Everybody in the hockey world was caught off guard on Wednesday afternoon when the NHL and the NHLPA extended the deadline for the league to make a decision in the Ilya Kovalchuk debacle. Why are the League and the PA cooperating in such fashion, most people asked.
Well, according to Larry Brooks of the New York Post, it's because the NHL is serious -- very serious, it seems -- about making sure their message on long-term contracts gets through. The League has offered an "ultimatum" to the PA, according to Brooks, saying that they will allow the recently-submitted 15-year, $100 million Kovalchuk contract should the PA agree to certain new collective-bargaining conditions.
Those conditions, according to the Post, are as follows:
1. That the cap hit on future multi-year contracts will not count any seasons that end with the player over 40 years of age. The cap hit would be calculated on the average of the salary up through age 40 only.
2. That the cap hit on future contracts longer than five years will be calculated under a formula granting additional weight to the five years with the highest salary.
Basically, it's a slightly different set of rules for long-term deals, where long-term is defined as "longer than five years."
Existing contracts for Roberto Luongo and Marian Hossa are also subject to these conditions being accepted by the NHLPA. If the PA refuses to accept these conditions by Friday at 5 PM, the new deadline set for approval or rejection of the Kovy deal, the NHL will reject the Kovalchuk deal, void the Luongo deal and formalize the investigation on the Hossa deal. They have the right to take just about any action they want if they think a deal circumvents the CBA, and this suggests that, yeah, they do feel that way.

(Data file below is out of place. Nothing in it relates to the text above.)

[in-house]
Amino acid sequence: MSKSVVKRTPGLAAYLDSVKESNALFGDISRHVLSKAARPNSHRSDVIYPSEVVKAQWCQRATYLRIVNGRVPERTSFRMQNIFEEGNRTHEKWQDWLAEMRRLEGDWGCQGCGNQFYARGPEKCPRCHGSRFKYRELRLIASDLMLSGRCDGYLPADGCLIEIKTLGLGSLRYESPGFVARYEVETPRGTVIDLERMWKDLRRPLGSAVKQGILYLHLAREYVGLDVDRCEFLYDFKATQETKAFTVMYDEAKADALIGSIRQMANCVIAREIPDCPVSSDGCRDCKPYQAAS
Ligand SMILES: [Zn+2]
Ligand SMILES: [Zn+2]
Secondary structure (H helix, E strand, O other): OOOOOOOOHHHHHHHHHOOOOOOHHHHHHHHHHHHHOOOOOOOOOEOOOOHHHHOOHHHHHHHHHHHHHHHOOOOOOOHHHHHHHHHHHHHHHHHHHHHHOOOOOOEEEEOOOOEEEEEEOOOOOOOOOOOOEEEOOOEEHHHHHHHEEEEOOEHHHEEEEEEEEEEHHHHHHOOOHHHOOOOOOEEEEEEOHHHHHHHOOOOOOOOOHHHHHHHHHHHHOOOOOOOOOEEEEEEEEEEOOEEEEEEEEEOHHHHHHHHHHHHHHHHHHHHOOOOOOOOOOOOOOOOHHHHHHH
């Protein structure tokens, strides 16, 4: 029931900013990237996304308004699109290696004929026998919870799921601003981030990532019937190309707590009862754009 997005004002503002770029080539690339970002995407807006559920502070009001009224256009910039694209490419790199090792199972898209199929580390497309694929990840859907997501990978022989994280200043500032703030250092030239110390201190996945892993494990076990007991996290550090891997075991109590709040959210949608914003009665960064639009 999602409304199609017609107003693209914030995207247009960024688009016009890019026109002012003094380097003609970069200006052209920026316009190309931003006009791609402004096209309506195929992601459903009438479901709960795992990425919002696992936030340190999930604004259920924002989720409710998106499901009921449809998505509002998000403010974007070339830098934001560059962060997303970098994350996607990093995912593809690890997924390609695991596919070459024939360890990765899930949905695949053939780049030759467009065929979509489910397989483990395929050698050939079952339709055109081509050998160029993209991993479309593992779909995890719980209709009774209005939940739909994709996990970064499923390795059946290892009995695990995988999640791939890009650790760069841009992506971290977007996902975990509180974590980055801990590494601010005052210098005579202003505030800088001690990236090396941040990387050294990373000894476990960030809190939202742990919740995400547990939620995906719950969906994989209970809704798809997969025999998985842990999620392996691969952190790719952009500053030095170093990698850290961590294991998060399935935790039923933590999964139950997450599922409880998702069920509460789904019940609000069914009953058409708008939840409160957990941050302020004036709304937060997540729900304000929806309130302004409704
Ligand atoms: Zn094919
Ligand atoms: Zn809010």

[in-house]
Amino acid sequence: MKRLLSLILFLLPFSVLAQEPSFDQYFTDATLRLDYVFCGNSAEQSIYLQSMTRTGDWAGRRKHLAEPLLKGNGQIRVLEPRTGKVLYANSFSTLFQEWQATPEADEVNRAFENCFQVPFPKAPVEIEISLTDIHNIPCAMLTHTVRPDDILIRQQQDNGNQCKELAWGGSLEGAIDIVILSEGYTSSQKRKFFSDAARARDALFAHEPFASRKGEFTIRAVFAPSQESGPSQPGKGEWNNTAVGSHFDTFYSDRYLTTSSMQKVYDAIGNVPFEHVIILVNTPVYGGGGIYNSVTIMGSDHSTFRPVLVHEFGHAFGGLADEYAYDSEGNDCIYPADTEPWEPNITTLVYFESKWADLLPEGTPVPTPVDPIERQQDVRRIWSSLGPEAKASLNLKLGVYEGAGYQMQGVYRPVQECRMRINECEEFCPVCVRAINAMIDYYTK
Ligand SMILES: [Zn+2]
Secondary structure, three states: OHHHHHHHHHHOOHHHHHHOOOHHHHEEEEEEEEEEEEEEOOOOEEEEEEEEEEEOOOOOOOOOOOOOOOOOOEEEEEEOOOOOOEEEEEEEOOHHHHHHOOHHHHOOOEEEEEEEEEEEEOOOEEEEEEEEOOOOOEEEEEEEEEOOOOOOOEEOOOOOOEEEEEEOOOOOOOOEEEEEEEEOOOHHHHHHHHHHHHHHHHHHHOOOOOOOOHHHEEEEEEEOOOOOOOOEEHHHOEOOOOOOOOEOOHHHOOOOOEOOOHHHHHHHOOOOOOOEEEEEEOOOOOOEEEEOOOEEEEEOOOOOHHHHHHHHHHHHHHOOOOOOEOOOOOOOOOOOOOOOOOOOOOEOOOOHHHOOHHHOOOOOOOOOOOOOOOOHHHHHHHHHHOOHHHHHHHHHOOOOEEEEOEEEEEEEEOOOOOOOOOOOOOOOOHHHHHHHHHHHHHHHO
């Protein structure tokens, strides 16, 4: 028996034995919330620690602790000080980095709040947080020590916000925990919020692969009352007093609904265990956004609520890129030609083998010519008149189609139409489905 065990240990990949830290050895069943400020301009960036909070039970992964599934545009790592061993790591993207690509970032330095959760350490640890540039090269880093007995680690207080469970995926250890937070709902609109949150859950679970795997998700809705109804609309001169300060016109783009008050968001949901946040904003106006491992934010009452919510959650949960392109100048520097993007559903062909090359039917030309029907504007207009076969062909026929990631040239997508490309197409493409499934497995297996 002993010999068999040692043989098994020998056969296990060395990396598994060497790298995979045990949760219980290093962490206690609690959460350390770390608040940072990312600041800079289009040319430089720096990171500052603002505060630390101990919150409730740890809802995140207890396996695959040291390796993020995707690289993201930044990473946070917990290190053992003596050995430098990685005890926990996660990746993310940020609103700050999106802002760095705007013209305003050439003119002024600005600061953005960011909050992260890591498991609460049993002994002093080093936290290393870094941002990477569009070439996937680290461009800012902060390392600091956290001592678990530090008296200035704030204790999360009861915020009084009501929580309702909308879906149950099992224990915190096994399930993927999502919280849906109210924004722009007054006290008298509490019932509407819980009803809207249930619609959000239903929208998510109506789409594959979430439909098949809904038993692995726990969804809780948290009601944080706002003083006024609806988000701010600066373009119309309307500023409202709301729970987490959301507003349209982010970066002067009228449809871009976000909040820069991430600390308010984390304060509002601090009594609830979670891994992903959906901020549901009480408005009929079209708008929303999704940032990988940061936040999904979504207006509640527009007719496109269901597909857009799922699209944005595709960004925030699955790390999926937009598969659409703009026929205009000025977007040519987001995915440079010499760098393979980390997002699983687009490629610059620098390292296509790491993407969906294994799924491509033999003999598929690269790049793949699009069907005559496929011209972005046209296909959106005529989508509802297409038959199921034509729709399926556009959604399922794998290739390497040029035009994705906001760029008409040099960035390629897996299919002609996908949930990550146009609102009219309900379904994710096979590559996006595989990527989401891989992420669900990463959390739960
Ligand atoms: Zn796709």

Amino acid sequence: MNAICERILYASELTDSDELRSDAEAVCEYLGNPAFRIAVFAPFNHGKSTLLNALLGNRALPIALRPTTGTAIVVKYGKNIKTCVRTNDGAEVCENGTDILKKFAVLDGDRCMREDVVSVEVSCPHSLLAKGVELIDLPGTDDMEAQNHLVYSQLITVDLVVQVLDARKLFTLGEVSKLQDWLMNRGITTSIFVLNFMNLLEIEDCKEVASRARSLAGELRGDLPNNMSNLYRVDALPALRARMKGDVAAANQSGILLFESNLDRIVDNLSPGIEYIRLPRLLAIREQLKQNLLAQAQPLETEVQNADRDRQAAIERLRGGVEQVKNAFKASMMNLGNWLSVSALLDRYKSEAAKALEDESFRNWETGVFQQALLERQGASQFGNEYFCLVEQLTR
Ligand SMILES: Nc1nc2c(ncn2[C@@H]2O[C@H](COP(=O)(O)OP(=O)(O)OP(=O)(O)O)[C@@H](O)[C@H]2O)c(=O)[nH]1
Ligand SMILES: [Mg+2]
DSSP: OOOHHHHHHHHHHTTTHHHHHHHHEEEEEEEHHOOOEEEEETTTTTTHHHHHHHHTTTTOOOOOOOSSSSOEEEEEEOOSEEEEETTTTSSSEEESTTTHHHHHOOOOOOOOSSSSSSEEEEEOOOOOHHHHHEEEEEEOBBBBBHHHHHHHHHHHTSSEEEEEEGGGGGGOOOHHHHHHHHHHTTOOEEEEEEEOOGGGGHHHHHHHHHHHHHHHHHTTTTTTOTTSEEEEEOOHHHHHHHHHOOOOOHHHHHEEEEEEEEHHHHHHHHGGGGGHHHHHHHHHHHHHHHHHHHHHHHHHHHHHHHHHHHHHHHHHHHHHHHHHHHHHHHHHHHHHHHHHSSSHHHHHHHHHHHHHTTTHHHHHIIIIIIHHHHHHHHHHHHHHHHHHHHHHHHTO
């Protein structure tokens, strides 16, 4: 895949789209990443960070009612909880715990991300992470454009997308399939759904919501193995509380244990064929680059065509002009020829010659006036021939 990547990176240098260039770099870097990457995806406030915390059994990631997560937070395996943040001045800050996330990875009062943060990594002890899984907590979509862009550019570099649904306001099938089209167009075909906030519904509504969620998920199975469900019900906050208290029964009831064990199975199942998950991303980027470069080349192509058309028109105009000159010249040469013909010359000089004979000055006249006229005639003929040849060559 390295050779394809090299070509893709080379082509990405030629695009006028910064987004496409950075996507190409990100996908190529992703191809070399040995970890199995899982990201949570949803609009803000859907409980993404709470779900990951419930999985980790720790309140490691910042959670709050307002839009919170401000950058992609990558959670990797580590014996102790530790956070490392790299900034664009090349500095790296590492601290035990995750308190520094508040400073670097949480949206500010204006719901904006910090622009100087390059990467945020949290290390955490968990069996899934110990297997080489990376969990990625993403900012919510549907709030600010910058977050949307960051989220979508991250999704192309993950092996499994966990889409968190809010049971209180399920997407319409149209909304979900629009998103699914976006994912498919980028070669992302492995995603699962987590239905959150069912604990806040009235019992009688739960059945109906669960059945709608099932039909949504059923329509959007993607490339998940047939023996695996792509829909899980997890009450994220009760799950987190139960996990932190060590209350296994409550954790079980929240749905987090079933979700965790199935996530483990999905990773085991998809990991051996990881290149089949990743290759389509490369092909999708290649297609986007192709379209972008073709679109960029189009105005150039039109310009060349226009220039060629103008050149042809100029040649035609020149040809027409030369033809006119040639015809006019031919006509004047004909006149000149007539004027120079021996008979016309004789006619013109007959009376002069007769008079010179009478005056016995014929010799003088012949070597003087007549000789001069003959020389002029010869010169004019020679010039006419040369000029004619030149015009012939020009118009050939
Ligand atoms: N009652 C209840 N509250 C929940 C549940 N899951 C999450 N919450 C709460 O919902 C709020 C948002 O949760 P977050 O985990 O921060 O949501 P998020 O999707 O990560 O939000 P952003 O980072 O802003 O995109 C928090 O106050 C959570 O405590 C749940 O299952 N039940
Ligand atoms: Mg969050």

NHL Deputy Commissioner Bill Daly has refuted the idea that such an ultimatum has been given, but the League office is known for being less than truthful with this sort of thing. Of course they're not going to admit that there's been an ultimatum made.
That will obviously have a lot of wide-reaching consequences. First off, three elite players will be without contracts (although at this point, some Canucks fans might be happy with the Luongo contract coming off of the books).
Secondly, Marc Savard wasn't mentioned in Brooks' report. It's been rumored that Savard has been shopped around by the Bruins, but that the NHL's investigation into his contract has kept potential buyers away from the store. Since he wasn't mentioned, will teams be interested once again?
Thirdly, and most importantly, what does this mean for relations between the League and the union? Now that Donald Fehr is at the helm (officially or not), it's widely expected that the NHL won't just roll over and die like they have in the past. They have some leadership now and this thing is getting serious. It was just hyperbole a few weeks ago, but now, it does look like this is truly the first battle on the way to CBA negotiations in 2012.